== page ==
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Safety Counts! a newsletter highlighting safety at Hallmark Health System
Safety Counts March 2015 - Download entire PDF by clicking
Vol 3, No. 3, March 2015
The Boston area experienced record-breaking snowfall this winter! When weather or other emergencies strike, Hallmark Health System’s disaster plan is activated to ensure the safety of patients, visitors and employees.
That’s what happened during the two-day blizzard at the end of January when a “code alert” was called (see codes article on back) and the disaster plan kicked in. Its hub is an incident command center established at a primary site. The command center is both physical and virtual, so off-site leaders across Hallmark Health can call in via a bridge line. The administrator on call at the time the disaster is called serves as the incident commander. Comprising senior leaders and other key staff, the incident command group assesses the situation. Department heads give status reports and assignments are made – such as logistics, operations and finance – to ensure the hospitals maintain operations and the facilities can function.
“Having an incident command center ensures that everyone is on the same page and working together,” said Rick Westhaver, RN, BSN, a clinical educator who assists with setting up the incident command center and serves as liaison to the incident commander. The goal is to ensure operational flow so that patient care is not disrupted. Among the tasks covered during a snow emergency are the obvious such as shoveling as well as tasks such as cancelling elective surgeries and checking supply levels.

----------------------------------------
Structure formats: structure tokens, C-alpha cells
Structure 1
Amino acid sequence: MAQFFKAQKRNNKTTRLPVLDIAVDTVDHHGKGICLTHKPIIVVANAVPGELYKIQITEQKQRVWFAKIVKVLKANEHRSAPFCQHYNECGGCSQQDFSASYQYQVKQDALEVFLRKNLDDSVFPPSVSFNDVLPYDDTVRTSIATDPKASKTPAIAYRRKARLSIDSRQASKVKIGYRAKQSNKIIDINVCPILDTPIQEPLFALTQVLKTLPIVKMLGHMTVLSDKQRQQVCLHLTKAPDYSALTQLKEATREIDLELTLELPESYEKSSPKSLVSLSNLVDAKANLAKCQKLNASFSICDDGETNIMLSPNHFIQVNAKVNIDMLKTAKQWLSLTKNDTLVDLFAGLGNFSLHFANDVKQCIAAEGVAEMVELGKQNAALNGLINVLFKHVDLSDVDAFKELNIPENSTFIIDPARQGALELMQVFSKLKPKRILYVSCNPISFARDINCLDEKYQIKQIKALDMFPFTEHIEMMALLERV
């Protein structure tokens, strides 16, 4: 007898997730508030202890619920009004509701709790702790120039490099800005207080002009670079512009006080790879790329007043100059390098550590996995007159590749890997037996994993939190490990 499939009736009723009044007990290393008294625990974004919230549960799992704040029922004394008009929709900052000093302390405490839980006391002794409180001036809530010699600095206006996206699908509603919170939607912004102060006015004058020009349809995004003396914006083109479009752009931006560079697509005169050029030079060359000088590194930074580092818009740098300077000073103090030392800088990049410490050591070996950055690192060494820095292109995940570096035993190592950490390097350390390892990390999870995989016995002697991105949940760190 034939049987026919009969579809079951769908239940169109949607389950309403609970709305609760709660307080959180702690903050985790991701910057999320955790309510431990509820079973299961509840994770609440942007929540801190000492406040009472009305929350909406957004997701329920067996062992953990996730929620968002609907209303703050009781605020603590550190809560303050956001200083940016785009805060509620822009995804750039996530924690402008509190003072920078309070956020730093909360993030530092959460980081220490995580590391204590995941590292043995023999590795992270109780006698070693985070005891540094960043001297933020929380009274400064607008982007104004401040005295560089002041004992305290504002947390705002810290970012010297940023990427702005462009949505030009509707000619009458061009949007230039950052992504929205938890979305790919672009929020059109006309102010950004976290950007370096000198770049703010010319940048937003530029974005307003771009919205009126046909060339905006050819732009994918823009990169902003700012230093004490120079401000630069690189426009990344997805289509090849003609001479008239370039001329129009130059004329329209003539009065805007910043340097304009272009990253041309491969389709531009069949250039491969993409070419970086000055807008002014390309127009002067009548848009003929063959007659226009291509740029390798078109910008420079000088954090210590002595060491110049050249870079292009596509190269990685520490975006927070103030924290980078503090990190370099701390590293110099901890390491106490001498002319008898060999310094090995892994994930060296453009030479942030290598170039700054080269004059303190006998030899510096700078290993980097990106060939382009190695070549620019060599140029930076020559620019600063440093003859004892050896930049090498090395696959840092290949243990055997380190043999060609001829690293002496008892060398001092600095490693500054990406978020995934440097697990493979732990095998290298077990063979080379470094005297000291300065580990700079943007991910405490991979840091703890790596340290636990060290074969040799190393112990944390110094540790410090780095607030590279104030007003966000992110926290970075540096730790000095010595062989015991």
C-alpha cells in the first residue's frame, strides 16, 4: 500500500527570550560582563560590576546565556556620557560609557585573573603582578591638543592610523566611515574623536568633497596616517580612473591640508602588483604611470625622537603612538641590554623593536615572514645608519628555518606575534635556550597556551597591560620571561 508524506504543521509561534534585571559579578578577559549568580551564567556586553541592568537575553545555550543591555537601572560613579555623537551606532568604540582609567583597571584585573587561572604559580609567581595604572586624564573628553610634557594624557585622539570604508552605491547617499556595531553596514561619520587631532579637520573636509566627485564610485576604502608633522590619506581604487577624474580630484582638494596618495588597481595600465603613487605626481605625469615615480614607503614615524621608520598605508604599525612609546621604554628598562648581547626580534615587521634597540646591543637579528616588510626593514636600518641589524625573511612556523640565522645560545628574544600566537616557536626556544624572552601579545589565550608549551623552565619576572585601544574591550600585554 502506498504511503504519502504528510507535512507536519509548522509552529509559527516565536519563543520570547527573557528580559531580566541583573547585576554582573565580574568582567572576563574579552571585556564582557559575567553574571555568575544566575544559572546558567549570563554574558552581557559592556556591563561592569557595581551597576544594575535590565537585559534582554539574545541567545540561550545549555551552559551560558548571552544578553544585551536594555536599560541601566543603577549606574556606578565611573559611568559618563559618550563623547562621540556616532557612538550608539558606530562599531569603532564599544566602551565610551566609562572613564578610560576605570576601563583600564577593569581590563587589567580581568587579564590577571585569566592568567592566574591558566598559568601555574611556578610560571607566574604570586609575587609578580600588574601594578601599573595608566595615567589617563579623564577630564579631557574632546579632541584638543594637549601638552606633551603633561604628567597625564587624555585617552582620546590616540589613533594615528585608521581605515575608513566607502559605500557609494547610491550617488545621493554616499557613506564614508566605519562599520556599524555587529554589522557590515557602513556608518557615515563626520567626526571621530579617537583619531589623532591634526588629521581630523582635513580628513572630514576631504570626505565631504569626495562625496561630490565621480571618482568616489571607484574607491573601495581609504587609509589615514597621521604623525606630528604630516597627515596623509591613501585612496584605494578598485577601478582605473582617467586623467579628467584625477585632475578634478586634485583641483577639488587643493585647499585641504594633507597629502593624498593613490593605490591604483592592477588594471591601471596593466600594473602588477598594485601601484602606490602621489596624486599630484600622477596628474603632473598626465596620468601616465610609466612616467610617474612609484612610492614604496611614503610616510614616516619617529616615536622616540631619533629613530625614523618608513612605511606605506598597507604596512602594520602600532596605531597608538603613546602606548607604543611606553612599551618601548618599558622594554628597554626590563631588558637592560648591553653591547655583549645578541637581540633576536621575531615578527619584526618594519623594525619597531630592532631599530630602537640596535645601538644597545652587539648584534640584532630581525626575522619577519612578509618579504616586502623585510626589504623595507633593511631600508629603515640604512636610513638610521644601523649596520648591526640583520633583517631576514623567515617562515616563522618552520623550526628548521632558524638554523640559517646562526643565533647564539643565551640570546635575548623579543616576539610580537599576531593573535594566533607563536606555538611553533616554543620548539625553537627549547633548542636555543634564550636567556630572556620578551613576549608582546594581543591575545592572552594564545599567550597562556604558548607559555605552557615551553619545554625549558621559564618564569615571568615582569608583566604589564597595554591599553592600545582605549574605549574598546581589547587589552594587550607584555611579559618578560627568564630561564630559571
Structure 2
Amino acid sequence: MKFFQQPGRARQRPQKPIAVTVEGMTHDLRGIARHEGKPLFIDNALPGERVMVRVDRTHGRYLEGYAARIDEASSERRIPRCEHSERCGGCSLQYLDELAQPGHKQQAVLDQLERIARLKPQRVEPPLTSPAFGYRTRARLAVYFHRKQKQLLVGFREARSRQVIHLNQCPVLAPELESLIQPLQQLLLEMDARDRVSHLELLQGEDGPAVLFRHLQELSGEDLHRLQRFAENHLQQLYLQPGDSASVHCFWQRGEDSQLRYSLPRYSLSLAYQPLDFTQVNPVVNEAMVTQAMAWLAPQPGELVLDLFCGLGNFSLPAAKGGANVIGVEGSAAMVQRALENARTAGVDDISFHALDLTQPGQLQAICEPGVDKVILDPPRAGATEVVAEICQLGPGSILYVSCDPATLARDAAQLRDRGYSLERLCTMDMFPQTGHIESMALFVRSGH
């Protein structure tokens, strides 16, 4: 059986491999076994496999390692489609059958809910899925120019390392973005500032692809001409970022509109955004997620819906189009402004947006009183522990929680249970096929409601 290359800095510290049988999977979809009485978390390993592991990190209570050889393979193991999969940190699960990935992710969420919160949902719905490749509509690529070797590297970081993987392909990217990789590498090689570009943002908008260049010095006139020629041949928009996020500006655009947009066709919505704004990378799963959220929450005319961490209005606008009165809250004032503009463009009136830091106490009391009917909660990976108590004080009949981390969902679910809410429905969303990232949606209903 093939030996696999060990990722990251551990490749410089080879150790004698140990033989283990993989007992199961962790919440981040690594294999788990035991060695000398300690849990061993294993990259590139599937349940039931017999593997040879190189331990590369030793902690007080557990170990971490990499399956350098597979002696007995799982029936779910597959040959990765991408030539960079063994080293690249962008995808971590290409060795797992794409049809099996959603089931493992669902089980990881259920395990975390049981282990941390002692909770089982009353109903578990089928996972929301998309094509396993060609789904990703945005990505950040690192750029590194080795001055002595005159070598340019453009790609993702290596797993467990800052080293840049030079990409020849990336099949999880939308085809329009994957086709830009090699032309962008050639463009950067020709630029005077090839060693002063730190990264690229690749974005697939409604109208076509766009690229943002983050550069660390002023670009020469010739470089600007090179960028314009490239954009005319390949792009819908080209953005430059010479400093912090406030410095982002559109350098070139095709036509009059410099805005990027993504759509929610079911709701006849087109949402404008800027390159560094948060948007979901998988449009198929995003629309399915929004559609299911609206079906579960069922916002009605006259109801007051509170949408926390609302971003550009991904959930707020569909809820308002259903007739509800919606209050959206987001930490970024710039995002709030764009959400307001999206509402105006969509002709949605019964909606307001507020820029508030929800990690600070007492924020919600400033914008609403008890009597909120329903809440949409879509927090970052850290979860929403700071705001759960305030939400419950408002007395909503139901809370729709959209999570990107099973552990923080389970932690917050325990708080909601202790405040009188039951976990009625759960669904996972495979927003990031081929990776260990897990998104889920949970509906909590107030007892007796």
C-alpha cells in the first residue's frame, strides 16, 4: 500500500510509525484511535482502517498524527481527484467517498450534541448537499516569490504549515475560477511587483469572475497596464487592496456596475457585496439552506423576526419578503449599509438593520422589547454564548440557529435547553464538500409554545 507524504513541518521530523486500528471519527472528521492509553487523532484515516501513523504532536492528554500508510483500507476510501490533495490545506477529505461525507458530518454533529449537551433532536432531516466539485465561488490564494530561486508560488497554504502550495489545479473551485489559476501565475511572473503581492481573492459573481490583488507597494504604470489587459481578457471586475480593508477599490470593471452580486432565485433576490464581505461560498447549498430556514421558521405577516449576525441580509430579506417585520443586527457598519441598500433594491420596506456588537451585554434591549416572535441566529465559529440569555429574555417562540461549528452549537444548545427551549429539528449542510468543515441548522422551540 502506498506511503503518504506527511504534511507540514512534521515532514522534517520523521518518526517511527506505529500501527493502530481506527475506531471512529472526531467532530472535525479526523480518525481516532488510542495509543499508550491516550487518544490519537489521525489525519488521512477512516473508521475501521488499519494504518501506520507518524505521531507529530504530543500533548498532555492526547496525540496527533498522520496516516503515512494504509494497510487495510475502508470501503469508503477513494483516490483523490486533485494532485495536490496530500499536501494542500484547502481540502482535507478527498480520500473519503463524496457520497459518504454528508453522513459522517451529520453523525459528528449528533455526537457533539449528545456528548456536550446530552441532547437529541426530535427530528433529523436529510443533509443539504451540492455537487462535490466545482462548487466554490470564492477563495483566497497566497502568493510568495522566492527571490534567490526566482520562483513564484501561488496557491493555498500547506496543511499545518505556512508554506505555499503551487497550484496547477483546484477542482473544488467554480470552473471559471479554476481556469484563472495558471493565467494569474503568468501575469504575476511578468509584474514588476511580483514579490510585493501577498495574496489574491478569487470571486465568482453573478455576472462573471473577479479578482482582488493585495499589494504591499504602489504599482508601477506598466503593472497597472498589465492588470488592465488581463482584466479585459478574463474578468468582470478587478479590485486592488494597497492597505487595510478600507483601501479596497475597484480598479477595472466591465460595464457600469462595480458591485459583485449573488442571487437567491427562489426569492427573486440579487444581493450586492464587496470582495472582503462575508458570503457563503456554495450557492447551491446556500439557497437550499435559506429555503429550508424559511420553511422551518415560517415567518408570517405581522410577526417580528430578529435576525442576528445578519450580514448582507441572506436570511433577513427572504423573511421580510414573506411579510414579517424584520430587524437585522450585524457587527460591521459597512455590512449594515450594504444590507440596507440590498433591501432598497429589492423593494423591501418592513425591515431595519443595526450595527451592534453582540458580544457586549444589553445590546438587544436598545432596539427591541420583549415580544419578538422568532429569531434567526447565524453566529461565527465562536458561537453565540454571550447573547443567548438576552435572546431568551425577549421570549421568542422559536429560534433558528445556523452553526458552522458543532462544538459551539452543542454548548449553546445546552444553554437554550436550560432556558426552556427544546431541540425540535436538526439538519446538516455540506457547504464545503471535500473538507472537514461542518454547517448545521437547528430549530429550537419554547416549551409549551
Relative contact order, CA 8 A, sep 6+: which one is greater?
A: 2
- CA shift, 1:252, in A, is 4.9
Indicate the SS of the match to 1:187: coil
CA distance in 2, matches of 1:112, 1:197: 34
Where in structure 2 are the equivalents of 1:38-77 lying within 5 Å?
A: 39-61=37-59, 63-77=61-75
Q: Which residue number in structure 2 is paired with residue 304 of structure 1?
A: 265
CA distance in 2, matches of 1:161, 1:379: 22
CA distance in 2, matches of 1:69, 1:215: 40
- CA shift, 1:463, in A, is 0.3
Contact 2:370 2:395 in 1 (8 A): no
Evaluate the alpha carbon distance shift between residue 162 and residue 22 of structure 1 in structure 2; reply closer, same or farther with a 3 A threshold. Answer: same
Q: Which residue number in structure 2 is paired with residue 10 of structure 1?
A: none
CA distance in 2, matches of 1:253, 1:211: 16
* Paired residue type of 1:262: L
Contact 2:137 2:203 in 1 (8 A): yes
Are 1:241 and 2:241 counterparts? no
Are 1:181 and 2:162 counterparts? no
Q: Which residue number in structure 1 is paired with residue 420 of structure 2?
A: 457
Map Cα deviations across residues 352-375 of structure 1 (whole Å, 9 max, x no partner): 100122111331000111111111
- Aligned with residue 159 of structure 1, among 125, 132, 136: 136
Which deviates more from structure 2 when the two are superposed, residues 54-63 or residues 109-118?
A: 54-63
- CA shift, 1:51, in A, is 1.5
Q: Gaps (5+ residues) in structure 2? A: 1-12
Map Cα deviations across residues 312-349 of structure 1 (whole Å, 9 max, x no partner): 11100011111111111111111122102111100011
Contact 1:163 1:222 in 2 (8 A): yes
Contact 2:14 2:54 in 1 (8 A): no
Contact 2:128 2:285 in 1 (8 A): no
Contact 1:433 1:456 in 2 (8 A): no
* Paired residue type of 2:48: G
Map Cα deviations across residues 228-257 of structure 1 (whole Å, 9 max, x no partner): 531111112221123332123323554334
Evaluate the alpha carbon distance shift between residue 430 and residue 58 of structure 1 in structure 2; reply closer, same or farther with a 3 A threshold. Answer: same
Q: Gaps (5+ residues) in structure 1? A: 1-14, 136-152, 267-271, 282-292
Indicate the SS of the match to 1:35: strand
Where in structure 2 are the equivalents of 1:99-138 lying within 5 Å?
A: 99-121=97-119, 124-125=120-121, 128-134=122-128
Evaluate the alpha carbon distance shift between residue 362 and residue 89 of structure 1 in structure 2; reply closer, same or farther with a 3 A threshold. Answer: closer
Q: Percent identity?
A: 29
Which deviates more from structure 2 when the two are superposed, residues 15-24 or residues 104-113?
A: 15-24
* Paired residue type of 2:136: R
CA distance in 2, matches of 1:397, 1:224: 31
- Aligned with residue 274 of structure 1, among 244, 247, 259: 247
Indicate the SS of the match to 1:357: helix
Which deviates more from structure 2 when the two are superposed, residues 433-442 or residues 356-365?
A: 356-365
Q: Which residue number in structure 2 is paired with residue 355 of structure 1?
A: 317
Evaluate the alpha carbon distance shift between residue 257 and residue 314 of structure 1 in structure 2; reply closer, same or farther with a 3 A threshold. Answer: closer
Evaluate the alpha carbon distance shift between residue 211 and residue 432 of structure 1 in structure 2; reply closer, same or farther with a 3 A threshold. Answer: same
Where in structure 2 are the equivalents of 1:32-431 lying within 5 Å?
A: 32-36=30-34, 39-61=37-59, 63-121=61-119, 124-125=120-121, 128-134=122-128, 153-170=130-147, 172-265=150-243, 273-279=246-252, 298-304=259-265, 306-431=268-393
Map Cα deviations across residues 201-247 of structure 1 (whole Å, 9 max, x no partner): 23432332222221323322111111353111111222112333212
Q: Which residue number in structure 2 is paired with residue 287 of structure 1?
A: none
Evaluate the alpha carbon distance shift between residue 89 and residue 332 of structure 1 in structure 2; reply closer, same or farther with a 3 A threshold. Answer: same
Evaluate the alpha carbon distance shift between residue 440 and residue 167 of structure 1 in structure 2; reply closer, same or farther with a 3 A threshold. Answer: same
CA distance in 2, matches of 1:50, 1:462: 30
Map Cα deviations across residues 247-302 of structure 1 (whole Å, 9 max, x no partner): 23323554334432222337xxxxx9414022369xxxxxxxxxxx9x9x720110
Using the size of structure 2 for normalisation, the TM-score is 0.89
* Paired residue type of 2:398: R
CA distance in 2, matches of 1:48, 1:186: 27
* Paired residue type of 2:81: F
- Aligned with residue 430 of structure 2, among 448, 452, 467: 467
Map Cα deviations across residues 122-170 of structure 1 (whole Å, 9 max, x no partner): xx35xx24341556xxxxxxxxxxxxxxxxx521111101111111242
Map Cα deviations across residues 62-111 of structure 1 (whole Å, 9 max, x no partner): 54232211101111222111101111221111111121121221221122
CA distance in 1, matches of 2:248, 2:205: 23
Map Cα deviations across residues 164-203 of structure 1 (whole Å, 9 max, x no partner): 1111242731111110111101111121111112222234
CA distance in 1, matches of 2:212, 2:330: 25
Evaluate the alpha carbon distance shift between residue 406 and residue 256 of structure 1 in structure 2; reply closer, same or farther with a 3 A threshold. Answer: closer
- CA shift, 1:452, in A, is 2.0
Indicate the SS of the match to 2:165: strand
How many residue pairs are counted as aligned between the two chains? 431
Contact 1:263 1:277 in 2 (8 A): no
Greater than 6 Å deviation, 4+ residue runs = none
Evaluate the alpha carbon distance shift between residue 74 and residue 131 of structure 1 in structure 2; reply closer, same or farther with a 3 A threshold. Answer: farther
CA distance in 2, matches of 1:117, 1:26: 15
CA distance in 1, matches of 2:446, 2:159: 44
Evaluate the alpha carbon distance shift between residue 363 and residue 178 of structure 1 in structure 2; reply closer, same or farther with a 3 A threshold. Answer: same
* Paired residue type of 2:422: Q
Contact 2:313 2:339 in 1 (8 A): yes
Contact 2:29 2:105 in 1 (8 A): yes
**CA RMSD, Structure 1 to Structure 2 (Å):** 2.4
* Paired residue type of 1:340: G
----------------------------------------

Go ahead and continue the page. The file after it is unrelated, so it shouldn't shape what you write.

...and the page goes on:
Disaster planning also extends to employees. “For example, we have a bed coordinator who makes sleeping arrangements for staff who cannot safely get home,” said Westhaver.
“Thankfully, we don’t need to activate our disaster plan very often, but when we do, everyone is willing to lend a hand,” said Westhaver. “And we are always ready. Each hospital has enough food, hot water, fuel and oxygen to last four days.”
Every organization has them. Every organization needs them. But how many place policies and procedures among their overall goals? That’s what’s happening this
year for Hallmark Health System. The board of trustees has identified compliance with policies and procedures as an organization-wide goal for 2015. Having and adhering to up-to-date policies and procedures also is mandated by many government agencies and outside organizations, such as the Joint Commission.
Last summer, the federal Occupational Safety and Health Administration cited one Hallmark Health hospital for a violation of a potential employee safety hazard.
“One of the areas cited was in relation to our written policies. Had the policies and procedures related to the OSHA complaint been current, this issue never may have risen to this level,”said Tessa Lucey, MHA, CHC, CHPC, corporate compliance officer. “We take employee and patient safety very seriously and have resolved these particular issues.”
There are more than 50 manuals and 4,000 documents within Policy Manager, the Hallmark Health online policy and procedure manual. For example, all the activities described in this issue – codes, incident reporting, and weather emergencies – have policies and procedures detailed in Policy Manager. Updating this resource is one part of the overall initiative.
There are two main parts to the process: reviewing each written policy and making sure that staff know about it and put it into practice. A third element is ensuring that the practice and policy match. “Sometimes, new clinical best practices can overtake the old written policy,” said Lucey. “This is why it’s so critical that policies are updated and revisited at least every three years.”